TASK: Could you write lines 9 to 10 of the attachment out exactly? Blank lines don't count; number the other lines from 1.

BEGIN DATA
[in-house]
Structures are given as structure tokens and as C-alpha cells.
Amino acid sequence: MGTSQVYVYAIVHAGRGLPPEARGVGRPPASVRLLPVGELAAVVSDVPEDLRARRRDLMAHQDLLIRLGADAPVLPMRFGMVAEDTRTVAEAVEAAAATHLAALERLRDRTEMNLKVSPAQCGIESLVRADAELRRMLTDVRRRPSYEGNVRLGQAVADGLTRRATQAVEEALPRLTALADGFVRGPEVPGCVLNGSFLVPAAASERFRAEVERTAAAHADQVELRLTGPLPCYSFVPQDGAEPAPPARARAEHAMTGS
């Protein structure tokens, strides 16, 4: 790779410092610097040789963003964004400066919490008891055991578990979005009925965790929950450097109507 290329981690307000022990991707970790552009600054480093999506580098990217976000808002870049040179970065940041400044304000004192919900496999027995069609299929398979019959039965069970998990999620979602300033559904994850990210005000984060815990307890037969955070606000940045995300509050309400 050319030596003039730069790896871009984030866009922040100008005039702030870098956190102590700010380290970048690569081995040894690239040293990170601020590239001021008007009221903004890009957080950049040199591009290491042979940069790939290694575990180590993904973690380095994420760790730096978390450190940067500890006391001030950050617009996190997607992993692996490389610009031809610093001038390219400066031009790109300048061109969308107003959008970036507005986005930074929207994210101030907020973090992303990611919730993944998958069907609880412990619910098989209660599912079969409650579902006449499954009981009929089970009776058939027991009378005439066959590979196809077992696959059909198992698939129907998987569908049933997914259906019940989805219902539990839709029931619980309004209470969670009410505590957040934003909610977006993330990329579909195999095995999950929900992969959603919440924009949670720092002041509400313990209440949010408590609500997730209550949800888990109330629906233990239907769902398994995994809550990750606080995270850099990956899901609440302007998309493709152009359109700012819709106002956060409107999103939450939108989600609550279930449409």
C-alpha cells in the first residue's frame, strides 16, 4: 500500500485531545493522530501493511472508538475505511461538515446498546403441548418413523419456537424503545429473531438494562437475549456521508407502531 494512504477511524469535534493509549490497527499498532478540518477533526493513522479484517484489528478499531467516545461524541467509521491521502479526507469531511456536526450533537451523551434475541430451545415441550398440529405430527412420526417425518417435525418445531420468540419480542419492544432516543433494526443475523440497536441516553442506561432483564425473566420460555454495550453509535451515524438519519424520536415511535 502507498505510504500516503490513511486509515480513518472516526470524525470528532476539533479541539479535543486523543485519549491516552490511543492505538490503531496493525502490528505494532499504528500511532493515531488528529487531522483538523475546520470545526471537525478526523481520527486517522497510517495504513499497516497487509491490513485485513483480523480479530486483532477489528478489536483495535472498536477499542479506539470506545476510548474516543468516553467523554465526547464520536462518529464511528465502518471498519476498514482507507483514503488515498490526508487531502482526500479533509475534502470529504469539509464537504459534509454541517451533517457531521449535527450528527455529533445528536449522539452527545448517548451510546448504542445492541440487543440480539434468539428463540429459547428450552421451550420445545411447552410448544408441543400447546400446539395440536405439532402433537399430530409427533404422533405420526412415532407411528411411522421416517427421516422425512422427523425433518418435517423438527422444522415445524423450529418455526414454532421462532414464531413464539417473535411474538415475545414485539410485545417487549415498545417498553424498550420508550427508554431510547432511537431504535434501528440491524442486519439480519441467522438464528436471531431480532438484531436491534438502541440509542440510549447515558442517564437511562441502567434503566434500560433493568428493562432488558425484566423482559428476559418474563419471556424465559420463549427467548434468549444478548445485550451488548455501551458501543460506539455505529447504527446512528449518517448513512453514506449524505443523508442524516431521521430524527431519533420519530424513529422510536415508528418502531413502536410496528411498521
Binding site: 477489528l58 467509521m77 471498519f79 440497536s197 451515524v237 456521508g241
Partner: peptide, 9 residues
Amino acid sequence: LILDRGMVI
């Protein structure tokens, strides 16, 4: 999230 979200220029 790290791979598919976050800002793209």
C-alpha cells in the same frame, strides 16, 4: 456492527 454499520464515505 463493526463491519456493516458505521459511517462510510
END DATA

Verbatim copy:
């Protein structure tokens, strides 16, 4: 999230 979200220029 790290791979598919976050800002793209």
C-alpha cells in the same frame, strides 16, 4: 456492527 454499520464515505 463493526463491519456493516458505521459511517462510510